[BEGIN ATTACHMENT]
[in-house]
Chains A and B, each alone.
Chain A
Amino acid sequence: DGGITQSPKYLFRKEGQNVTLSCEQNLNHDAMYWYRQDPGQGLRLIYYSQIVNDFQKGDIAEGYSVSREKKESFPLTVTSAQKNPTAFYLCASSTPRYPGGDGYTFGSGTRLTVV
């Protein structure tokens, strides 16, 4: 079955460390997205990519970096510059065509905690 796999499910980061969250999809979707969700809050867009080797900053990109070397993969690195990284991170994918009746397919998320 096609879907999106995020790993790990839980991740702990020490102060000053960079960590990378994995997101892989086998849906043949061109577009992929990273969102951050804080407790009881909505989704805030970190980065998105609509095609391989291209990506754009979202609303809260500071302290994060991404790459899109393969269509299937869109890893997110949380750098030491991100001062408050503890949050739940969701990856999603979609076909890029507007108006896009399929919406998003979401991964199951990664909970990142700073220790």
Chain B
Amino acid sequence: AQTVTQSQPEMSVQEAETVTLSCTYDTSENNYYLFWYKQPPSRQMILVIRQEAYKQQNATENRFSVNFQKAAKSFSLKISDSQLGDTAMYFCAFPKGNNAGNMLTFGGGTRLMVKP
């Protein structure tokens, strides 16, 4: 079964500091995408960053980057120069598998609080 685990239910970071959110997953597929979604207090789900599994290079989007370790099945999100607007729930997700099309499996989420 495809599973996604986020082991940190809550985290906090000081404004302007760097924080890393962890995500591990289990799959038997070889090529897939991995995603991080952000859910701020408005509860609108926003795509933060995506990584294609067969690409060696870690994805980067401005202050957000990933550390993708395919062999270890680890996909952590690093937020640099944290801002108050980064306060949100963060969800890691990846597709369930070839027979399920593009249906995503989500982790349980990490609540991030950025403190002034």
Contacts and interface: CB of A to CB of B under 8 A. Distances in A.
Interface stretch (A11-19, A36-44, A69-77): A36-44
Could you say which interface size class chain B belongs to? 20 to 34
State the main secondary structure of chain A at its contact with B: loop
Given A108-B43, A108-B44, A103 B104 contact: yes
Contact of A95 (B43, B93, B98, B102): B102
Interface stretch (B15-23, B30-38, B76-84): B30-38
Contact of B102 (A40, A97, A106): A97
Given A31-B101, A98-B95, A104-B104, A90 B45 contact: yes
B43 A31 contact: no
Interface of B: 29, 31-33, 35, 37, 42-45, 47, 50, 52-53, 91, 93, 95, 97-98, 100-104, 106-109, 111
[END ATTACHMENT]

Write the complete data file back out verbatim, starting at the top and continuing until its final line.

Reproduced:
[in-house]
Chains A and B, each alone.
Chain A
Amino acid sequence: DGGITQSPKYLFRKEGQNVTLSCEQNLNHDAMYWYRQDPGQGLRLIYYSQIVNDFQKGDIAEGYSVSREKKESFPLTVTSAQKNPTAFYLCASSTPRYPGGDGYTFGSGTRLTVV
């Protein structure tokens, strides 16, 4: 079955460390997205990519970096510059065509905690 796999499910980061969250999809979707969700809050867009080797900053990109070397993969690195990284991170994918009746397919998320 096609879907999106995020790993790990839980991740702990020490102060000053960079960590990378994995997101892989086998849906043949061109577009992929990273969102951050804080407790009881909505989704805030970190980065998105609509095609391989291209990506754009979202609303809260500071302290994060991404790459899109393969269509299937869109890893997110949380750098030491991100001062408050503890949050739940969701990856999603979609076909890029507007108006896009399929919406998003979401991964199951990664909970990142700073220790």
Chain B
Amino acid sequence: AQTVTQSQPEMSVQEAETVTLSCTYDTSENNYYLFWYKQPPSRQMILVIRQEAYKQQNATENRFSVNFQKAAKSFSLKISDSQLGDTAMYFCAFPKGNNAGNMLTFGGGTRLMVKP
């Protein structure tokens, strides 16, 4: 079964500091995408960053980057120069598998609080 685990239910970071959110997953597929979604207090789900599994290079989007370790099945999100607007729930997700099309499996989420 495809599973996604986020082991940190809550985290906090000081404004302007760097924080890393962890995500591990289990799959038997070889090529897939991995995603991080952000859910701020408005509860609108926003795509933060995506990584294609067969690409060696870690994805980067401005202050957000990933550390993708395919062999270890680890996909952590690093937020640099944290801002108050980064306060949100963060969800890691990846597709369930070839027979399920593009249906995503989500982790349980990490609540991030950025403190002034």
Contacts and interface: CB of A to CB of B under 8 A. Distances in A.
Interface stretch (A11-19, A36-44, A69-77): A36-44
Could you say which interface size class chain B belongs to? 20 to 34
State the main secondary structure of chain A at its contact with B: loop
Given A108-B43, A108-B44, A103 B104 contact: yes
Contact of A95 (B43, B93, B98, B102): B102
Interface stretch (B15-23, B30-38, B76-84): B30-38
Contact of B102 (A40, A97, A106): A97
Given A31-B101, A98-B95, A104-B104, A90 B45 contact: yes
B43 A31 contact: no
Interface of B: 29, 31-33, 35, 37, 42-45, 47, 50, 52-53, 91, 93, 95, 97-98, 100-104, 106-109, 111